teaching positions during these months. They appreciate
this fine old structure and the sacrifice that made it
possible. Here is a brief history of Pine Valley, its
discovery, the settlement, the actual building and a
mention of a few of the many people who made it happen. It
all began with a lost cow.
Pine Valley Discovered
Following a direct call from Brigham Young, a group of
settlers were sent to Southern Utah to colonize the
Washington and Santa Clara areas and serve as
missionaries to the Indians. Jacob Hamblin who would
become the great peacemaker to the Indians and his brother
William (Gunlock) Hamblin and Issac Riddle and their
families were part of this group. But first, it was
important they provide food for themselves and their
families to keep alive. Long experience had taught them
the value of taking some cattle along to safeguard against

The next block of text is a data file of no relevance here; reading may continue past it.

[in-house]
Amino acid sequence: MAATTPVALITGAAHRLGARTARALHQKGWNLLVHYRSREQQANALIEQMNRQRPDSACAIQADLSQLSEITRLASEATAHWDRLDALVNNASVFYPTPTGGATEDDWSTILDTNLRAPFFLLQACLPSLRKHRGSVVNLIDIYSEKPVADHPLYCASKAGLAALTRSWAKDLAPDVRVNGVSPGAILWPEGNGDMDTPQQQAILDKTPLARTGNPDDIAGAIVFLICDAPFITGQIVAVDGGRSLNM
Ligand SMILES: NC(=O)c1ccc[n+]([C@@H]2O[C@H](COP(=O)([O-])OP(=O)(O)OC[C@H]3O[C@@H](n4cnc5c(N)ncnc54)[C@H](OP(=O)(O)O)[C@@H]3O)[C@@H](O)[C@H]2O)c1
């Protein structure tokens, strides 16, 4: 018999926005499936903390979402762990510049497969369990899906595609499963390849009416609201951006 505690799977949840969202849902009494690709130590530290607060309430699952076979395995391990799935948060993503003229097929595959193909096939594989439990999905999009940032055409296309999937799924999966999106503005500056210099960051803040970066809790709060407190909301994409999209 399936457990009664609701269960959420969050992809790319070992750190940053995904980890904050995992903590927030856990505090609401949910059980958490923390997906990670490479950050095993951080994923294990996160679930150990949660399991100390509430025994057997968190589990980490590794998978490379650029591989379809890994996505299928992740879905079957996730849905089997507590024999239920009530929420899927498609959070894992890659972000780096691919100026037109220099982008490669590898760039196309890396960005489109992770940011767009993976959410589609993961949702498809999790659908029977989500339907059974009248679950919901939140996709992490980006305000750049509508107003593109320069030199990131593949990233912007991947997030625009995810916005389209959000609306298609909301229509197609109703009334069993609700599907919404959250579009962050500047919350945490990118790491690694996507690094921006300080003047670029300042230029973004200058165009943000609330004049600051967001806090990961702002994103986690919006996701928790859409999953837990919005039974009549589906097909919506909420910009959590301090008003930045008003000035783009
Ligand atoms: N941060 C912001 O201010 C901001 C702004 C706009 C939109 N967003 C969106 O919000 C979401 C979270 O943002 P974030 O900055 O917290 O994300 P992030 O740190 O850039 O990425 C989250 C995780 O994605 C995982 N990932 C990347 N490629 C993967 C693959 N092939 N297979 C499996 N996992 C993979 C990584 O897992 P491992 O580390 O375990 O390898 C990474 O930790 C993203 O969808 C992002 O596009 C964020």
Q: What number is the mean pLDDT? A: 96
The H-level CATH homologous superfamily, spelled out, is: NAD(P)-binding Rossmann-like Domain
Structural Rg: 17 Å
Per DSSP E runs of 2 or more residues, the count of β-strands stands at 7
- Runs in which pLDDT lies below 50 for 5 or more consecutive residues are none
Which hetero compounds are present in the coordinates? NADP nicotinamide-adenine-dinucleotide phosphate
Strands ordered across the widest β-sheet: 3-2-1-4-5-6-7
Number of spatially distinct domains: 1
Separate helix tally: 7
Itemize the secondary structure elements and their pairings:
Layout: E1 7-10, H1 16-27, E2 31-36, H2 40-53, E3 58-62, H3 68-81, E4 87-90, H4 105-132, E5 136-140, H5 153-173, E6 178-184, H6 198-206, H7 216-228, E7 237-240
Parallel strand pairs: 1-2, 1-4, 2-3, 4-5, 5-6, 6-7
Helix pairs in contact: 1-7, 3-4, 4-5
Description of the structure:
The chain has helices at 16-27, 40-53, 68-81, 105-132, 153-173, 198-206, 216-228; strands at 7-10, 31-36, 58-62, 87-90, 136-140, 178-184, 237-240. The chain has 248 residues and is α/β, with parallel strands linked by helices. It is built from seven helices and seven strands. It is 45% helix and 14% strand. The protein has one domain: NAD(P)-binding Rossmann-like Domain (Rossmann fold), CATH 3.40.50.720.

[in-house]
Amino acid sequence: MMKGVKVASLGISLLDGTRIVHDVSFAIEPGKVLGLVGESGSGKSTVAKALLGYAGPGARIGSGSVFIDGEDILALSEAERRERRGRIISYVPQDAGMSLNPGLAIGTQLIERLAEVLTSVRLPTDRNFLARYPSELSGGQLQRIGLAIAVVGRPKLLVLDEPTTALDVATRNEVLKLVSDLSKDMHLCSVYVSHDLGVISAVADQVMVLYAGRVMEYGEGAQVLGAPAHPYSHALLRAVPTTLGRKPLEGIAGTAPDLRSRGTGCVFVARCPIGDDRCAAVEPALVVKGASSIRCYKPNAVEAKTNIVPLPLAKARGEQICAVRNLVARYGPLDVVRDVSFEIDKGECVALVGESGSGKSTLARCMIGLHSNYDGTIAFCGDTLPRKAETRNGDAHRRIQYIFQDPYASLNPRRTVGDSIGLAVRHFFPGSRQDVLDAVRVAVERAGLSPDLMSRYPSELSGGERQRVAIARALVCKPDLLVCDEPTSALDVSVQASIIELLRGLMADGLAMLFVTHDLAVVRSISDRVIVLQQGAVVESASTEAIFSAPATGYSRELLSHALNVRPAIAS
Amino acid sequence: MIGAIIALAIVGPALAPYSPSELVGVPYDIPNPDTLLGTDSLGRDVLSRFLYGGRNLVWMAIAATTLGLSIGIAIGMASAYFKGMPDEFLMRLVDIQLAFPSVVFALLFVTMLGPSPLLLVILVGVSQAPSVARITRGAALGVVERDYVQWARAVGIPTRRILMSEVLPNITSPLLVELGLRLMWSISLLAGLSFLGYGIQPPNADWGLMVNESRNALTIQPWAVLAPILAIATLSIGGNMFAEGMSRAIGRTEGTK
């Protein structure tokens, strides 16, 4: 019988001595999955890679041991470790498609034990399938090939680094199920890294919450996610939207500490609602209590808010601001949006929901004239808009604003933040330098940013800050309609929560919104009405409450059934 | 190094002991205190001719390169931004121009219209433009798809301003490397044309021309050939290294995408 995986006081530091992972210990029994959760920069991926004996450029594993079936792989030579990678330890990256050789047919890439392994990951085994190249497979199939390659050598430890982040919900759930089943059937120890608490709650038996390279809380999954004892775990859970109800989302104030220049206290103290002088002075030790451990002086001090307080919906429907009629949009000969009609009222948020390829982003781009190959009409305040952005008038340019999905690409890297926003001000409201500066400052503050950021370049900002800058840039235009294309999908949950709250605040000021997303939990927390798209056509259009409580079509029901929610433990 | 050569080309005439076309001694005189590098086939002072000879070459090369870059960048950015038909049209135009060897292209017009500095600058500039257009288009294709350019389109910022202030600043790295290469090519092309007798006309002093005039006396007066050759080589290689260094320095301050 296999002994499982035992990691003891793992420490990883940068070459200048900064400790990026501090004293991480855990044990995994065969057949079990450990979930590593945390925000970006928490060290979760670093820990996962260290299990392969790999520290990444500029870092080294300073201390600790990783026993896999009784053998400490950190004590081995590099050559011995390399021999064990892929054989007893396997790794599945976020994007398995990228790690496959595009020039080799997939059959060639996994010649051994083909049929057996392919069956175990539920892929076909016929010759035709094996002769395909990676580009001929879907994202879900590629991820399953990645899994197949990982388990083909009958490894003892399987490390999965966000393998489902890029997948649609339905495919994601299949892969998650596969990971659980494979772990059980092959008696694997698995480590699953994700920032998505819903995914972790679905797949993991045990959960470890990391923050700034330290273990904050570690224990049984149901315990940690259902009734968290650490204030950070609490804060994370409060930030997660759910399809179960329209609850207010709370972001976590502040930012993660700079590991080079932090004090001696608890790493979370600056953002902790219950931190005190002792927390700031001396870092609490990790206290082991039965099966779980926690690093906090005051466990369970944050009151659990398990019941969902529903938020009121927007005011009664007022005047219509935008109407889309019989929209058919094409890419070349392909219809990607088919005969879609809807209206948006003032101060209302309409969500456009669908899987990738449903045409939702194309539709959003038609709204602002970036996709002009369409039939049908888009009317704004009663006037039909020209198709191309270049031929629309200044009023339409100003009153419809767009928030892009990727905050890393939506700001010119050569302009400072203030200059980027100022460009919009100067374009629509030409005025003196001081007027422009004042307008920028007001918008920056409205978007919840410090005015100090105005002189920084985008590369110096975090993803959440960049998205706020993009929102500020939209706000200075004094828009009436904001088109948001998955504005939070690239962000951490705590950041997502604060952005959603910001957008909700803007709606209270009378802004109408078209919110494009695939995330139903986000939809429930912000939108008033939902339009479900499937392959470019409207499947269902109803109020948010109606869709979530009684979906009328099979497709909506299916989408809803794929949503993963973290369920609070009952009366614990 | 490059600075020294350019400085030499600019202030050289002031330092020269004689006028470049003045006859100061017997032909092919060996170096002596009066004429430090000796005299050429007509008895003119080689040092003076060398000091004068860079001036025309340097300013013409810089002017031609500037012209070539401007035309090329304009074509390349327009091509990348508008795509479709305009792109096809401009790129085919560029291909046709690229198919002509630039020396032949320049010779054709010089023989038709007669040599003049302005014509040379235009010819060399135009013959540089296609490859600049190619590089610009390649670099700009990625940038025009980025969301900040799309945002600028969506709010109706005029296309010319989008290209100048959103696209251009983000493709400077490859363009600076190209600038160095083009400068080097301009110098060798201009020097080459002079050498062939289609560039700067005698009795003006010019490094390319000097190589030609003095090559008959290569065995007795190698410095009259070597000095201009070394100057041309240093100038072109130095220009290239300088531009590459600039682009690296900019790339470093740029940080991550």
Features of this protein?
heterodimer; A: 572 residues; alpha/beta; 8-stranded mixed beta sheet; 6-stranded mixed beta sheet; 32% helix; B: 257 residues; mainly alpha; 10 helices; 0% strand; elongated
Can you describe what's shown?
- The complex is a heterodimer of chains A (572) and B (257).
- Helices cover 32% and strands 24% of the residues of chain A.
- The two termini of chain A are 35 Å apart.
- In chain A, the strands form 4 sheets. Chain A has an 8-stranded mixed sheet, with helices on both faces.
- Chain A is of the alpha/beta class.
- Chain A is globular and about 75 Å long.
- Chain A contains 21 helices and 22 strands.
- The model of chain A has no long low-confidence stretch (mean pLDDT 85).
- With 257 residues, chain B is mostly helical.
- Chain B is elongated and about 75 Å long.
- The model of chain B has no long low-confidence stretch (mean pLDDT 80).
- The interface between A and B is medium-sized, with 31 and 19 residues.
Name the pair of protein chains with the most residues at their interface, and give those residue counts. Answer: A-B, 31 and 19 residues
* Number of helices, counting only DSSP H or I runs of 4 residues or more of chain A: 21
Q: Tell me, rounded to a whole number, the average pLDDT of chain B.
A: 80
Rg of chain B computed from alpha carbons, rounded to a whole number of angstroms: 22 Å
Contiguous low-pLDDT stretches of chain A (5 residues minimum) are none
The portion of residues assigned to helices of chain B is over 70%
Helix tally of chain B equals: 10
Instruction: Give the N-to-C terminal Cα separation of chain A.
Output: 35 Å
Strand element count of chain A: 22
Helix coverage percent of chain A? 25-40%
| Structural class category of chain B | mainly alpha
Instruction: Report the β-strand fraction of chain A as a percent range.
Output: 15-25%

starvation. In the heat of the summers it meant driving
their herds into the cooler valleys north of Santa Clara.
After one long, very hard day in the summer of 1855, Issac
Riddle and William Hamblin stopped for the night by a
clear running stream, ate a meager supper, spread out their
blankets and welcomed deep sleep. Upon awakening at
dawn the next morning a quick glance over the cattle herd
brought alarming news. One precious cow was missing.
Immediately, Issac mounted his horse and followed the
stream to search for the lost cow. As he rode on, the
territory was unfamiliar to him. Then, up over another rise
and he beheld a spectacular sight. The early sun was
beginning to spread light into the valley outlined by tall
mountains with thick groves of Pine and Spruce trees. And
there, standing deep in the tall grass, contentedly eating
away was the missing cow.
According to legend, Indians were in Pine Valley long
before the settlers to send smoke signals, to worship the
Great Spirit and hunt deer, rabbits, fur and pine nuts. On